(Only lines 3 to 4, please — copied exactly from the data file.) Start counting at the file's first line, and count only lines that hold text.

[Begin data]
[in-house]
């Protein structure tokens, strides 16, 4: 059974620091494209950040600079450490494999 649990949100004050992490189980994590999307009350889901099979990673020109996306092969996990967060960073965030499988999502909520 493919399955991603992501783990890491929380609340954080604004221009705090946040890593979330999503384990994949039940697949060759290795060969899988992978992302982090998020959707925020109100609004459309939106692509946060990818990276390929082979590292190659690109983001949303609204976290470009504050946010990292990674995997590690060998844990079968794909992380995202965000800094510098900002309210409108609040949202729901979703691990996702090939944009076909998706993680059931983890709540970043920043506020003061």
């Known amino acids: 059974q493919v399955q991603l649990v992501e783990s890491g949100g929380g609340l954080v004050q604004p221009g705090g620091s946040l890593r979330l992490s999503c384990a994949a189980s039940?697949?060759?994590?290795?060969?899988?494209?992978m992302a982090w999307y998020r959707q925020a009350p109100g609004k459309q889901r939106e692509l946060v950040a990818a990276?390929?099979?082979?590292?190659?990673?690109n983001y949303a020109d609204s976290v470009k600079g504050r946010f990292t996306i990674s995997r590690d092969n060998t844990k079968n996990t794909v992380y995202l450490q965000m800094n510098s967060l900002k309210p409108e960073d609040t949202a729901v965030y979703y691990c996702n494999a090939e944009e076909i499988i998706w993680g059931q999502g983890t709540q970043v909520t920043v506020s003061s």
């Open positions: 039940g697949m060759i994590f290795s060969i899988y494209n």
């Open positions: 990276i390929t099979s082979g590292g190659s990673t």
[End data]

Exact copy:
């Known amino acids: 059974q493919v399955q991603l649990v992501e783990s890491g949100g929380g609340l954080v004050q604004p221009g705090g620091s946040l890593r979330l992490s999503c384990a994949a189980s039940?697949?060759?994590?290795?060969?899988?494209?992978m992302a982090w999307y998020r959707q925020a009350p109100g609004k459309q889901r939106e692509l946060v950040a990818a990276?390929?099979?082979?590292?190659?990673?690109n983001y949303a020109d609204s976290v470009k600079g504050r946010f990292t996306i990674s995997r590690d092969n060998t844990k079968n996990t794909v992380y995202l450490q965000m800094n510098s967060l900002k309210p409108e960073d609040t949202a729901v965030y979703y691990c996702n494999a090939e944009e076909i499988i998706w993680g059931q999502g983890t709540q970043v909520t920043v506020s003061s």
């Open positions: 039940g697949m060759i994590f290795s060969i899988y494209n």